NEW YORK SUPREME COURT, APPELLATE TERM, SECOND DEPARTMENT
January 29, 1969
LAFAYETTE BANK AND TRUST COMPANY OF SUFFERN, RESPONDENT,
PAUL J. SILVER ET AL., APPELLANTS
Appeal from a judgment of the County Court of Rockland County (Morton B. Silberman, J.), entered February 14, 1968 upon an order which granted a motion by plaintiff for summary judgment.
Howard T. Hogan, P. J. Glickman and Pittoni, JJ., concur.
Defendants appeal from a judgment in the amount of $9,179.58 which was entered on the granting of summary judgment to the plaintiff.
The facts in this action against the indorsers of a promissory note are basically undisputed as they are pertinent to the issues raised on this appeal. The defendants were the sole stockholders and officers of Suffern Building Supply Co. Inc. (hereinafter referred to as Suffern), which in August, 1966 purchased a new Diesel truck. In order to finance that purchase, Suffern borrowed the funds from the plaintiff, which prepared a note for the defendants' execution. The defendants executed the note in their representative capacities but indorsed it in blank as individuals. Simultaneously with the signing of the note, a collateral security agreement was executed by Suffern and the truck was specified as the collateral security. Through inadvertence, and unbeknownst to the defendants, the plaintiff failed to file the financing statement with the Secretary of State and thus failed to perfect its security interest in the collateral. Subsequently, in February, 1967, Suffern, by its officers, executed an assignment for the benefit of creditors, and, under the terms of the note this constituted a default whereupon the plaintiff accelerated the balance due.
The assignee for the benefit of creditors refused to recognize the plaintiff's security interest and claimed full title to the truck. The plaintiff did not dispute the claim of the assignee, but commenced this action against the indorsers.
The pertinent provisions of the note are: " all indorsers, sureties and guarantors hereof consent to any and all extensions of time, renewals, waivers or modifications that may be granted by the Bank with respect to the payment or other provisions of this note and to the release of the collateral, or any part thereof, with or without substitution and agree that additional makers, indorsers, guarantors or sureties may become parties hereto without notice to them or affecting their liability hereunder."
On this appeal the defendants argued that the failure to file the security interest released them from liability and that the additional provision in the note which authorized a release of the collateral did not alter the result.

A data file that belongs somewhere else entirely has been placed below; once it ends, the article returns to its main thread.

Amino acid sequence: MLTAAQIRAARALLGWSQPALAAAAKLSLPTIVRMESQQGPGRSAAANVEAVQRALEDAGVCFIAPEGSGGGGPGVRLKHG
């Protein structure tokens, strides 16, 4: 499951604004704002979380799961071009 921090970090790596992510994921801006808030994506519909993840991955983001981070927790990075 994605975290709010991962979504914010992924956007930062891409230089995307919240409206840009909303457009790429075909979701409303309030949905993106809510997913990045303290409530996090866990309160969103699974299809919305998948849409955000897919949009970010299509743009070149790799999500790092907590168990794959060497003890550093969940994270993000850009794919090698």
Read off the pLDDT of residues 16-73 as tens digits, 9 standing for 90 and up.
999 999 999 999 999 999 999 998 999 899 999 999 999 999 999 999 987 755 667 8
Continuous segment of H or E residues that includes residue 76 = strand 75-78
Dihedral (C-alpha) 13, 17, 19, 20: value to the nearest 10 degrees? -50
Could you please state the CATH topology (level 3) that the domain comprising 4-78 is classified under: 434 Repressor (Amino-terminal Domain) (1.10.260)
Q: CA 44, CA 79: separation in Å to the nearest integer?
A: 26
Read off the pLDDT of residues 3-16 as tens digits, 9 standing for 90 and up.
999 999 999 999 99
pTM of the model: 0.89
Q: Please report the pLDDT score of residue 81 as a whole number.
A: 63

I do not agree with the defendants' contention. It is true, as the defendants argue, that the impairment of the security by the creditor normally releases the surety from any further liability, at least to the amount of the security released (Uniform Commercial Code, § 3-606). Whether the failure to record a security agreement releases the surety is an area in which the cases are in apparent conflict (57 N. Y. Jur., Suretyship and Guaranty § 201; 72 C. J. S., Principal and Surety, § 200; 50 Am. Jur., Suretyship, § 118). Some cases have indicated that it might release the surety (see Schroeppell v. Shaw, 3 N. Y. 446 ; Auto Brokerage Co. v. Morris & Smith Auto Co., 106 Misc. 147 [App. Term, 1919]), but others have indicated that it would not have that result, especially where there was no duty owed directly by the creditor to the surety (Westchester Mtge. Co. v. Thomas B. McIntire, Inc., 174 App Div. 525 ; New York Nat. Exch. Bank v. Jones, 9 Daly 248 ). (See, also, Heaston Tractor & Implement Co. v. Securities Acceptance Corp., 243 F. 2d 196 ; Nation Wide Inc. v. Scullin, 256 F. Supp. 929 [Dist. Ct., N. J., 1966], affd. 377 F. 2d 554.) It is not necessary for us to reconcile the apparent conflict, since even in those cases where it was held that the surety was released, the rationale was that the failure to file was tantamount to a release of the collateral (Schroeppell v. Shaw, supra ; Shutts v. Fingar, 100 N. Y. 539, 544; Auto Brokerage Co. v. Morris & Smith Auto Co., supra) and in the present case the defendants had consented to a release of the collateral by the creditor. It therefore follows that the surety cannot object to the plaintiff's failure to file.
The judgment should therefore be affirmed, without costs.
Judgment affirmed, without costs.
Judgment affirmed, without costs.
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